f you microwave your food for the rest of your life will you grow horns? This is something I often wonder as I “nuke” my breakfast every morning.
First, let’s look at a brief history of the microwave oven.
1946: Percy Spencer, an American Engineer, develops the “Radarange” microwave from Radar technology used in WW2.
1955: Raytheon, a major U.S. Defence Contractor, licenses its patents for a microwave oven that is designed specifically for home use. Tappan, an American Appliance company, tried to develop and sell the microwave but it was still too expensive and oversized for consumers.
1967: The first countertop ready microwave was sold by the Amana Corporation who dealt primarily in household appliances.
It cost $495, which would now be $4000 USD.
Shout out to Wikipedia for some very interesting facts on the beginnings of our modern day culinary friend.
Now that we know a little bit about the begins of the microwave let’s look at the most over-used statement I hear in regards to microwaving. “Microwaving kills your food.”
I am naturally inquisitive and am always skeptical when “they” say something should be avoided completely. Perhaps they do not want others to enjoy the many benefits of having more free time.
A recent review of the effects of microwaving food published by NCBI, a reputable medical website, showed the following:
Microwaves do not kill your food.
Compared to conventional cooking the loss of vitamins and minerals is minimal.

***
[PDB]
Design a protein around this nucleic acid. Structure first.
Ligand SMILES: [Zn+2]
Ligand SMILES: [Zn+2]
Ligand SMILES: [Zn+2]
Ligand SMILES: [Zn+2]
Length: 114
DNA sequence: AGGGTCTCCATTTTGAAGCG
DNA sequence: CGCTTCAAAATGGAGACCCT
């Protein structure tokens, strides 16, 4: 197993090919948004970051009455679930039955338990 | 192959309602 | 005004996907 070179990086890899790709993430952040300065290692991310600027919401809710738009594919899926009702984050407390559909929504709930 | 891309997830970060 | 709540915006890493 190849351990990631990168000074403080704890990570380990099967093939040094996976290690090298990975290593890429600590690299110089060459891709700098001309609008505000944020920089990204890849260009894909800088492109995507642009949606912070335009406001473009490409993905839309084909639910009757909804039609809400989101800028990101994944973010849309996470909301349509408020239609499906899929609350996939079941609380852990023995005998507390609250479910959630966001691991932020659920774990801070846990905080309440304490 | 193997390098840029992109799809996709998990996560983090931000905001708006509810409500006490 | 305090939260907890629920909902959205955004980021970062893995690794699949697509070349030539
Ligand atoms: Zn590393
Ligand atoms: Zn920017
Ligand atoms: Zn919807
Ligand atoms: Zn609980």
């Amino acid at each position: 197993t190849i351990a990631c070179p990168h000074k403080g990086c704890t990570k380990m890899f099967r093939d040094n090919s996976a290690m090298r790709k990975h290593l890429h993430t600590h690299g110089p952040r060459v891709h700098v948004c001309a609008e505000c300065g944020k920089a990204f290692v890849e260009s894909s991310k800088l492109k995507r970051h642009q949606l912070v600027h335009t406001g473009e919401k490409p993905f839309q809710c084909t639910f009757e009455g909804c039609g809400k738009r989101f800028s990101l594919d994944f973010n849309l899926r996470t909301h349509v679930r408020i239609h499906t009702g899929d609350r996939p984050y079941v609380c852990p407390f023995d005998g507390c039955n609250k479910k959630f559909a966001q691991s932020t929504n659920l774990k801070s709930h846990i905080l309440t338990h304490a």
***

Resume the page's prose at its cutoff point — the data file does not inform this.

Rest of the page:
The effects on proteins and fats are minimal.
There were no available reports on the effects on carbohydrates.
The conclusion of the review sites that “no significant nutritional differences exist between foods prepared by conventional and microwave methods. Any differences reported in the literature are minimal.”
The Australian Cancer Council also confirmed that Microwaves DO NOT give you cancer.
If you don’t believe me please scan through the sources I have provided below. I always recommend doing your own research!
There are a few things to keep in mind when you cook things in the nuker.
Do not use unsafe plastic containers. This is the cancer-causing agent, not the microwave itself. Look for “BPA free” containers if you want to use plastic.
Monitor your cooking time.
Stir food halfway through the cooking process to achieve even heat.
Cover the food to ensure you don’t waste the time you have just gained mopping up spaghetti sauce.
Think about the amount of time you spend making stove-top oatmeal and multiply that by three hundred and sixty-five. That same process in a microwave takes one minute and fifteen seconds to cook half a cup of oat bran. I am all about mindful cooking and eating BUT I also realize how much time can be chewed up during the day if you don’t get a little help from modern-day technology.
In closing, I hope this article has given you some food for thought in regards to how you spend your time in the kitchen. Perhaps you may want to re-consider going door-to-door and preaching the perils of the microwave.
All the best,